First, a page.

The COVID-19 pandemic has put many extra burdens on 401(k) plan sponsors. In addition to navigating all of the uncertainty related to the economy and workplace safety, plan sponsors have had to keep an eye on regular retirement plan procedures and deadlines. Often, workplaces were shut down for extended periods (and may still be off-limits), so the employees responsible for handling those matters might not have been able to access records or other materials necessary to ensure timely compliance. In some cases, employers may have even laid off or terminated those employees due to a sudden downturn in business.
So, it is entirely possible that 401(k) plan sponsors may have missed some compliance deadlines—especially during the chaotic first few months of the pandemic which started in mid-March for most of the United States. In recognition of this, the federal government has offered some relief for plan sponsors trying to address deadlines that were potentially missed.
Internal Revenue Service (IRS). On April 6, 2020, the IRS issued Notice 2020-23, postponing the due date of many tax payments and filings, and extending many deadlines that would otherwise apply with regard to 401(k) plan administration, so that any such due date or deadline that would ordinarily fall on or after April 1, 2020 through July 14, 2020, was automatically extended to July 15, 2020.
Department of Labor (DOL). On April 29, 2020, the DOL issued Disaster Relief Notice 2020-01 (which the IRS concurs with) saying that that the DOL will not take enforcement action against plan sponsors who have missed various ERISA deadlines. The notice gives retroactive relief (back to March 1). The notice stresses that the delay must be solely attributable to the pandemic, so employers and service providers should document the cause of the delay and that the missed action was taken as soon as possible.
Here we list key 401(k) plan compliance deadlines from the first six months of 2020 and discuss what plan sponsors can do to address items that may have been overlooked.
Key 401(k) Plan March–August 2020 Compliance Deadlines for Calendar Year Plans
This list shows the original deadlines from March 2020 through August 2020 for some of the key compliance requirements for calendar year 401(k) plans and describes any deadline extensions or suspensions because of the pandemic.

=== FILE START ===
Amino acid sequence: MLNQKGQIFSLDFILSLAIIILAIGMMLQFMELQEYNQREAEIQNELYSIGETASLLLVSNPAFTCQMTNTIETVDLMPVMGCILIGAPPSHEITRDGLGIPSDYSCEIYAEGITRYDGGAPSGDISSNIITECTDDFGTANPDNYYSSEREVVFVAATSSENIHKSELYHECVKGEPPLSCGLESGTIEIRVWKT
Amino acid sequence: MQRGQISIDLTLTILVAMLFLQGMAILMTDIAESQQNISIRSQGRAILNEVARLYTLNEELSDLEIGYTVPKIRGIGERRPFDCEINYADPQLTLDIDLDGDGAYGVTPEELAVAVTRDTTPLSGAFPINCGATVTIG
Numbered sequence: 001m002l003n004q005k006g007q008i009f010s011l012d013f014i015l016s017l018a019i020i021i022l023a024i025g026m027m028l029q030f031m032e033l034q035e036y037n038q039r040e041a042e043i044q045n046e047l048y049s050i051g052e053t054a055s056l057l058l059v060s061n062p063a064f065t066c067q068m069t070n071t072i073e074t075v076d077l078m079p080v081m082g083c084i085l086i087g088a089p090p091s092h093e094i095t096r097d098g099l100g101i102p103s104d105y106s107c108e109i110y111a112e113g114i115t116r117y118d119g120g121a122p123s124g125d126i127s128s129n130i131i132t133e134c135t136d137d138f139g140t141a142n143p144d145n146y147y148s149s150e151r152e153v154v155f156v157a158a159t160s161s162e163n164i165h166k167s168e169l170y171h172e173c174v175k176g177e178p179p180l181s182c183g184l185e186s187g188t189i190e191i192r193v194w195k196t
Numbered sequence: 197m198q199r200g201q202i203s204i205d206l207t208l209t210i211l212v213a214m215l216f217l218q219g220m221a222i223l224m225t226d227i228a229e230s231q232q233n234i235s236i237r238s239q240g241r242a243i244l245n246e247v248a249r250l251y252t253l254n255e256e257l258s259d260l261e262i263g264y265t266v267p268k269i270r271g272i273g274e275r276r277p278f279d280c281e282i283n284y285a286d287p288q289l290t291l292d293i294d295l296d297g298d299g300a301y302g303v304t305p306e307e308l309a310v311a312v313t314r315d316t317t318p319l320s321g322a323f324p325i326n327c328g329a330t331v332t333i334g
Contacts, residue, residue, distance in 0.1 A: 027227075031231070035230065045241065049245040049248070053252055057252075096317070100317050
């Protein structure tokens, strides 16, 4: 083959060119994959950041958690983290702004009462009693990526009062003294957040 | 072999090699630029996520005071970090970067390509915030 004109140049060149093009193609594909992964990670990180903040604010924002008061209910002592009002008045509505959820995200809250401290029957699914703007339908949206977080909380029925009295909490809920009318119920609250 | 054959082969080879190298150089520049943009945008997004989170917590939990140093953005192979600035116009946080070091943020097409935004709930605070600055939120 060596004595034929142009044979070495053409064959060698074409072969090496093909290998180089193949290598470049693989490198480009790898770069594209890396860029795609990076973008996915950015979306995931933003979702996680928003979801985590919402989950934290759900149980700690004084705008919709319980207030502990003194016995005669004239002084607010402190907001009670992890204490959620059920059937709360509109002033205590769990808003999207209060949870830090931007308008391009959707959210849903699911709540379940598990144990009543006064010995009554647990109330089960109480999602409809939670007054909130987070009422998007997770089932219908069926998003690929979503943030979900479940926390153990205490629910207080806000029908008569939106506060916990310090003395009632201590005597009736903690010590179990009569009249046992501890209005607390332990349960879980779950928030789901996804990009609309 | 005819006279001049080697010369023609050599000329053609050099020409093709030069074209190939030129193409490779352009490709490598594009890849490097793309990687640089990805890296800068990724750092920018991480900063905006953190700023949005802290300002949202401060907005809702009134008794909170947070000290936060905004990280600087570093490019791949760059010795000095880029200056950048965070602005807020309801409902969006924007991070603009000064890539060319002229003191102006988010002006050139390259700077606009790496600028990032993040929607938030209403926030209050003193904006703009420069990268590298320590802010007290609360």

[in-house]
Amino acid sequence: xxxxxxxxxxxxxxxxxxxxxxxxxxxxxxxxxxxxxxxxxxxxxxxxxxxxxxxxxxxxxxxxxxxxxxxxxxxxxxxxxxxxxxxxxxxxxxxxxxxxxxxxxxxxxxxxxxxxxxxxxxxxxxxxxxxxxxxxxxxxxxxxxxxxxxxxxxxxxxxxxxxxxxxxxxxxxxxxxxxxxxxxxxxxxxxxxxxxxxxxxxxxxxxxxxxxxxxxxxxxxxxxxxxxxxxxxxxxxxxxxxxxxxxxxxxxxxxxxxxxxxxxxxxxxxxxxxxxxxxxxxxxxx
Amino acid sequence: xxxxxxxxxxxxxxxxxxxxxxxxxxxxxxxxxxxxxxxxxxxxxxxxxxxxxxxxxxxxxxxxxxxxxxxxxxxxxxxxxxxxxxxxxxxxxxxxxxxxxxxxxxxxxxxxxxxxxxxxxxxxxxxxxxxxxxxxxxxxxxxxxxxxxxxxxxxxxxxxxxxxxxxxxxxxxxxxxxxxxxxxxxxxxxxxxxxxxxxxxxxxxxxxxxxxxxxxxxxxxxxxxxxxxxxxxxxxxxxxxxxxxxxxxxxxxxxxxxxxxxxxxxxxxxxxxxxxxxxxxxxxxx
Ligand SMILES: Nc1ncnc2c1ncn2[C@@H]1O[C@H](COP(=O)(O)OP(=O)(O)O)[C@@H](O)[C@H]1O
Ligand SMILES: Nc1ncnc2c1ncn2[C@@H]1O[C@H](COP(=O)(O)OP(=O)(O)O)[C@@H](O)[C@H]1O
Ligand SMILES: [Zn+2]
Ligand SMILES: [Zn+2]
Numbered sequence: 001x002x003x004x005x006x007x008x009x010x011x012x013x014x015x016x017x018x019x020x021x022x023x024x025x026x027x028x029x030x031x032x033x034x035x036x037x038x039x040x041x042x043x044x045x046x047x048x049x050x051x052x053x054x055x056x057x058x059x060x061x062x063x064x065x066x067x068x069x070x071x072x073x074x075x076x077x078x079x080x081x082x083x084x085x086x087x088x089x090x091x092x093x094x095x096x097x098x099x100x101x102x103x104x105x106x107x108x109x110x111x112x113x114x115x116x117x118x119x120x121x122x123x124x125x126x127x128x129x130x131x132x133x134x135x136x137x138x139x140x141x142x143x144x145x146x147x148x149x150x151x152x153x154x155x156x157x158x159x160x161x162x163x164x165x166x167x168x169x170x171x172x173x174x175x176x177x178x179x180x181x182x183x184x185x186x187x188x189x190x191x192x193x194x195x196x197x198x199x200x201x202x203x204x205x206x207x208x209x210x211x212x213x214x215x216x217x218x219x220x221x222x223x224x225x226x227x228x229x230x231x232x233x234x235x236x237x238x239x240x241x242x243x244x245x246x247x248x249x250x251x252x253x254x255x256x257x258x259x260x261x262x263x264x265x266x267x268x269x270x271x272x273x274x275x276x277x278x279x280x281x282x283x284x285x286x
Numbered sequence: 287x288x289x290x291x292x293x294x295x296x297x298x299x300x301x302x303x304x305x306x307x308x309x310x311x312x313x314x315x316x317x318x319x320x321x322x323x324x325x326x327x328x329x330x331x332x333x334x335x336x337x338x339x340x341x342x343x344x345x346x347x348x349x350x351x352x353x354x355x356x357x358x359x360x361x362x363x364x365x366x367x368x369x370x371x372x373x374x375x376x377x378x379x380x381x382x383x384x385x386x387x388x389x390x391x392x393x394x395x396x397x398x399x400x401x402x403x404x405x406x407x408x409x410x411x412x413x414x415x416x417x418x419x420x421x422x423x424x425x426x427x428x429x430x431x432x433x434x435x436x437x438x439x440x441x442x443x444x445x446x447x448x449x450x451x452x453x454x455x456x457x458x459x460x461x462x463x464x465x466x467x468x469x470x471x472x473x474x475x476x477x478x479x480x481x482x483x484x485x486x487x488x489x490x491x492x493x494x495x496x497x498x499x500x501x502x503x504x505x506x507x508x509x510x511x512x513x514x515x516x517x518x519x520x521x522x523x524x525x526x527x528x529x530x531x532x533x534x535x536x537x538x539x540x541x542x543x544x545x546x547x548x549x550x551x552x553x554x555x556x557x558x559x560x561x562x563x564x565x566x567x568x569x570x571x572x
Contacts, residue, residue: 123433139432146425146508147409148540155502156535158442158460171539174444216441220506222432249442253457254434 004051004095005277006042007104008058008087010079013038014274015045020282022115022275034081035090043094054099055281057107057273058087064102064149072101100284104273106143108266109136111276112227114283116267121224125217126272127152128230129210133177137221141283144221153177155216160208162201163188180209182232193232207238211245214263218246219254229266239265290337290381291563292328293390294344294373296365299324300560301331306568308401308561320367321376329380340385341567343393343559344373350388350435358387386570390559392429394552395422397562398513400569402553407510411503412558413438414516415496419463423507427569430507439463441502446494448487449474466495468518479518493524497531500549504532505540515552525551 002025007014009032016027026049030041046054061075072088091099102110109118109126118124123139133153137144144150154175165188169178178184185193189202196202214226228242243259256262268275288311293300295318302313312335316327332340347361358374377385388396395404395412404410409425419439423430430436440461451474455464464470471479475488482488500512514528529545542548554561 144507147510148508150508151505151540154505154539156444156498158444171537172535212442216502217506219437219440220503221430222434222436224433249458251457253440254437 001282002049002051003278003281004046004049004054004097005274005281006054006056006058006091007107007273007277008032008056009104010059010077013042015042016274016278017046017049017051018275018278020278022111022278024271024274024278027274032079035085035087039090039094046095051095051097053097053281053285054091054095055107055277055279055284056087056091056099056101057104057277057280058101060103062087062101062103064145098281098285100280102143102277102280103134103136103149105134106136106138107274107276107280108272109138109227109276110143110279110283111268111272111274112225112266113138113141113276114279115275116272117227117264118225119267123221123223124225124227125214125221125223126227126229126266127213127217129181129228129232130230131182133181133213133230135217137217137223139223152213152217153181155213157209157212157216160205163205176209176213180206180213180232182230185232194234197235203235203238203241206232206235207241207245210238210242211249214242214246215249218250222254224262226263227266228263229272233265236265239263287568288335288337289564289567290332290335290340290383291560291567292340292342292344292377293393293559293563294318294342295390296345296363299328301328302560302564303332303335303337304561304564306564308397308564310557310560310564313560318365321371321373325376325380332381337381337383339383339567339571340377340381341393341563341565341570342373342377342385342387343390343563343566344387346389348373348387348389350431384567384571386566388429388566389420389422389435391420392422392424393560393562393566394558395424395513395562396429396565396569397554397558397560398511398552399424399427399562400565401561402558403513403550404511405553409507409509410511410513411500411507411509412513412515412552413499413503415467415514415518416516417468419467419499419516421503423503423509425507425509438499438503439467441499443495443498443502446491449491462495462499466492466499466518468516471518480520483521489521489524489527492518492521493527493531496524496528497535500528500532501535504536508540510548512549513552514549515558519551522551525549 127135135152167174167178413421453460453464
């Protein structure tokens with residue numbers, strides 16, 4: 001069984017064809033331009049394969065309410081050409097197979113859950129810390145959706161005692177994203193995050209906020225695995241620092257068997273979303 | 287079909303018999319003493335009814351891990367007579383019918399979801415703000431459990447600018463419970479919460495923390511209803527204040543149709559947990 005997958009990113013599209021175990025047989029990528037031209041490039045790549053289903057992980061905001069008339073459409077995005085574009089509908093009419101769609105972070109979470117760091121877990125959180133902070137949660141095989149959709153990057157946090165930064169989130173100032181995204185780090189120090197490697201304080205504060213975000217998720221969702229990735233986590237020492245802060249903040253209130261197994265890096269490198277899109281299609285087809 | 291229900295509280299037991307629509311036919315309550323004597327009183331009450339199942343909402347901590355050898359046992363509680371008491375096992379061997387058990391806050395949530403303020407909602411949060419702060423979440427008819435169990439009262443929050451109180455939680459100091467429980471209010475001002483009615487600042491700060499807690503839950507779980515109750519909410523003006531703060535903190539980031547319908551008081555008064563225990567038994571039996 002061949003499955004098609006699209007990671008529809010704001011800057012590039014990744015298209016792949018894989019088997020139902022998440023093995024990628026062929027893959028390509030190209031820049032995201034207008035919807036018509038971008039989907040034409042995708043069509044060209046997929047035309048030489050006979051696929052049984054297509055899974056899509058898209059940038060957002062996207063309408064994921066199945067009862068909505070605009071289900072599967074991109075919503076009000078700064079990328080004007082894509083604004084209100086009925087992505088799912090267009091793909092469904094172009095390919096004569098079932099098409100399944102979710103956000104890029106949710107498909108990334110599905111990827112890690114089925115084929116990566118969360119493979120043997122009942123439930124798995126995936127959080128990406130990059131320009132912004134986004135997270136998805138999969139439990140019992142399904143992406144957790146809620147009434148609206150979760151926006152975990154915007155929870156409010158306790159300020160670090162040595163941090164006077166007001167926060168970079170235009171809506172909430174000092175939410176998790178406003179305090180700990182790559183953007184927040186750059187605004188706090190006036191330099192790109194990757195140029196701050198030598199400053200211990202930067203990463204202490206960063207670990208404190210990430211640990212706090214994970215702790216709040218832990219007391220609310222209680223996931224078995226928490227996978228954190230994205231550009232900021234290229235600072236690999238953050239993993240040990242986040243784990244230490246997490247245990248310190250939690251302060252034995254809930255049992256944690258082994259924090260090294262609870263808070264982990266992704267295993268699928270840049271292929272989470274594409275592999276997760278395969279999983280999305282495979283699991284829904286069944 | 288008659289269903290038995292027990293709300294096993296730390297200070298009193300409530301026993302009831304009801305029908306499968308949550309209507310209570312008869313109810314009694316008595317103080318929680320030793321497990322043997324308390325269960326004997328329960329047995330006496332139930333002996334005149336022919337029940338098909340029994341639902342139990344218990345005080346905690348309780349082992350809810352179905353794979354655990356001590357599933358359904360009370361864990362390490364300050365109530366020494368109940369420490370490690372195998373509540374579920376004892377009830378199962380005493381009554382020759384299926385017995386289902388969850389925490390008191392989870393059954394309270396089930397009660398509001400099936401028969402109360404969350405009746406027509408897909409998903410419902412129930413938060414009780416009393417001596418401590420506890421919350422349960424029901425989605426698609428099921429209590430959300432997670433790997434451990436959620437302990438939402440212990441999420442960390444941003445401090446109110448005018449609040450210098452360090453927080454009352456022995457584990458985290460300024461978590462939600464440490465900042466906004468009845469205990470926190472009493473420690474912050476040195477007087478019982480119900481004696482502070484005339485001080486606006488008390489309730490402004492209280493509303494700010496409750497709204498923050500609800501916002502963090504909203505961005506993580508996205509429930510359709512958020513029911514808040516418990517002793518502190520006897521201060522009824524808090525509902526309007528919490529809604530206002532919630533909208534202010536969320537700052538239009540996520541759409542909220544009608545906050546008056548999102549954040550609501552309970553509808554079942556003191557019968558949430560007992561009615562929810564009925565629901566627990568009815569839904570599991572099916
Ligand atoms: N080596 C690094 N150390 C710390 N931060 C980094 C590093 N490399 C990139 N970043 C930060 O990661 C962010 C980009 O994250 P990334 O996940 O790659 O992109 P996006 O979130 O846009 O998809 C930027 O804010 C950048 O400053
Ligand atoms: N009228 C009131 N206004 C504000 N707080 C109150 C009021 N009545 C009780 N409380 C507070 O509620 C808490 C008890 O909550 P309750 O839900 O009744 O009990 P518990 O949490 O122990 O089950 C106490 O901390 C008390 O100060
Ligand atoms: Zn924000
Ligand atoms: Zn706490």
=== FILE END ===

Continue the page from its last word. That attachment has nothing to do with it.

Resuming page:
- March 15: Deadline to process corrective distributions for plans failing actual deferral percentage (ADP) or actual contribution percentage (ACP) tests (avoiding 10% excise tax). No deadline extension or other relief provided.
- April 1: First required minimum distribution (RMD) to terminated participants (or more than 5% owners) who reached age 70.5 in 2019, as well as older participants who retired in 2019. All RMDs for 2020 have been suspended. So, if a participant took a 2019 RMD before April 1 or a 2020 RMD, the participant is allowed to repay it to the plan (or the participant can roll it over tax-free) by August 31, 2020. Participants need to hurry if they want to avoid taxation in 2020, since it seems that participants cannot avoid taxation in 2020 if RMDs are rolled over after August 31, 2020. It is not yet clear how this affects Form 1099-R reporting. It seems that if the RMDs were returned to the original plan, then the distribution would be cancelled, and Form 1099-R would not be needed. But if the participant rolled the RMD into an IRA or another plan, the original plan would have no knowledge of that and would generally be required to issue a Form 1099-R for the RMD.
- April 15: Excess contribution refunds for participants who contributed more than the 402(g) limits for 2019. Deadline extended until July 15, 2020 by IRS Notice 2020-23.
- May 15: Q1 2020 benefit statements; Q1 participant fee disclosure for plans that allow self-directed investments. Deadline extended until 60 days after the end of the COVID-19 National Emergency, by DOL Disaster Notice 2020-01, but only if the plan acts in good faith and furnishes the material as soon as administratively practicable.
- June 28: Deadline for retirement plans with publicly traded employer securities to file their Form 11-K annual report with the U.S. Securities and Exchange Commission (SEC) —i.e., by 180 days after the end of the retirement plan year. Deadline extended to Aug. 12, 2020 for calendar year plans, but only if the issuer files an 8-K and delay is COVID-related.
- July 28: Summary of material modifications (SMM) is due to participants—i.e., 210 days after the end of the plan year in which the change was adopted—unless it was included in a timely updated summary plan description (SPD). Deadline extended until 60 days after the end of the COVID-19 National Emergency, by DOL Disaster Notice 2020-01, but only if the plan acts in good faith and furnishes the material as soon as administratively practicable.
- July 31: File Form 5500 or file Form 5558 to get an automatic extension to October 15; for plans that do not have self-directed investments, deadline to distribute 2019 annual benefits statement. No deadline extension or other relief provided (so far). (Instead of filing a Form 5558, plan sponsors could also extend the due date to file Form 5500 based on the extended due date of their federal income tax returns.)